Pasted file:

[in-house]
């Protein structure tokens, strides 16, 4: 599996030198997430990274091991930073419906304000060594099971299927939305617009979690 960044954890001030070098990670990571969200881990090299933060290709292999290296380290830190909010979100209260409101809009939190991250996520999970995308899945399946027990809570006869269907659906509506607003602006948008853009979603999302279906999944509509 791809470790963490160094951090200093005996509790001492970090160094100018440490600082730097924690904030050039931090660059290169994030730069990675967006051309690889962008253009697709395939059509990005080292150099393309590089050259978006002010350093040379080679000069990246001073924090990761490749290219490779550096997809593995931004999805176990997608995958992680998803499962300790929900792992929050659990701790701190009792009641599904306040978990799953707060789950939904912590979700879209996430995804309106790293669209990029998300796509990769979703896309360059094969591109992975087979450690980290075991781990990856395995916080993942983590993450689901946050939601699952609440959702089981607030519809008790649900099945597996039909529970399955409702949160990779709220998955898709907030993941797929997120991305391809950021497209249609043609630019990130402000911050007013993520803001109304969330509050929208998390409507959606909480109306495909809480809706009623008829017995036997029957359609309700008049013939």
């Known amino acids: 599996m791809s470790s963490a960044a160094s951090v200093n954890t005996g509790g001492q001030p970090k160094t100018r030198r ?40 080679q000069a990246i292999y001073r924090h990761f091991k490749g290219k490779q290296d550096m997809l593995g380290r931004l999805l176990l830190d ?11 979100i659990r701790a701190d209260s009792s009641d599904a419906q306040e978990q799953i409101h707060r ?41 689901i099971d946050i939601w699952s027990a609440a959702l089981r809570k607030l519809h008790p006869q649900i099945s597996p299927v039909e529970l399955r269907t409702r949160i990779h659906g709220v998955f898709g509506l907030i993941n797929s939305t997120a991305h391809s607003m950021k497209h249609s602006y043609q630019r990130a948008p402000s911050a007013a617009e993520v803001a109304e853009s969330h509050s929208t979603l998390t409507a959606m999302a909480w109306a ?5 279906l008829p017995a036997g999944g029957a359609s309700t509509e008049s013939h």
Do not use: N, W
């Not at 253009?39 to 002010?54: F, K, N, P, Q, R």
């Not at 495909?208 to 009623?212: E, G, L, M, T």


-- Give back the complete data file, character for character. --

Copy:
[in-house]
């Protein structure tokens, strides 16, 4: 599996030198997430990274091991930073419906304000060594099971299927939305617009979690 960044954890001030070098990670990571969200881990090299933060290709292999290296380290830190909010979100209260409101809009939190991250996520999970995308899945399946027990809570006869269907659906509506607003602006948008853009979603999302279906999944509509 791809470790963490160094951090200093005996509790001492970090160094100018440490600082730097924690904030050039931090660059290169994030730069990675967006051309690889962008253009697709395939059509990005080292150099393309590089050259978006002010350093040379080679000069990246001073924090990761490749290219490779550096997809593995931004999805176990997608995958992680998803499962300790929900792992929050659990701790701190009792009641599904306040978990799953707060789950939904912590979700879209996430995804309106790293669209990029998300796509990769979703896309360059094969591109992975087979450690980290075991781990990856395995916080993942983590993450689901946050939601699952609440959702089981607030519809008790649900099945597996039909529970399955409702949160990779709220998955898709907030993941797929997120991305391809950021497209249609043609630019990130402000911050007013993520803001109304969330509050929208998390409507959606909480109306495909809480809706009623008829017995036997029957359609309700008049013939």
């Known amino acids: 599996m791809s470790s963490a960044a160094s951090v200093n954890t005996g509790g001492q001030p970090k160094t100018r030198r ?40 080679q000069a990246i292999y001073r924090h990761f091991k490749g290219k490779q290296d550096m997809l593995g380290r931004l999805l176990l830190d ?11 979100i659990r701790a701190d209260s009792s009641d599904a419906q306040e978990q799953i409101h707060r ?41 689901i099971d946050i939601w699952s027990a609440a959702l089981r809570k607030l519809h008790p006869q649900i099945s597996p299927v039909e529970l399955r269907t409702r949160i990779h659906g709220v998955f898709g509506l907030i993941n797929s939305t997120a991305h391809s607003m950021k497209h249609s602006y043609q630019r990130a948008p402000s911050a007013a617009e993520v803001a109304e853009s969330h509050s929208t979603l998390t409507a959606m999302a909480w109306a ?5 279906l008829p017995a036997g999944g029957a359609s309700t509509e008049s013939h």
Do not use: N, W
């Not at 253009?39 to 002010?54: F, K, N, P, Q, R």
């Not at 495909?208 to 009623?212: E, G, L, M, T």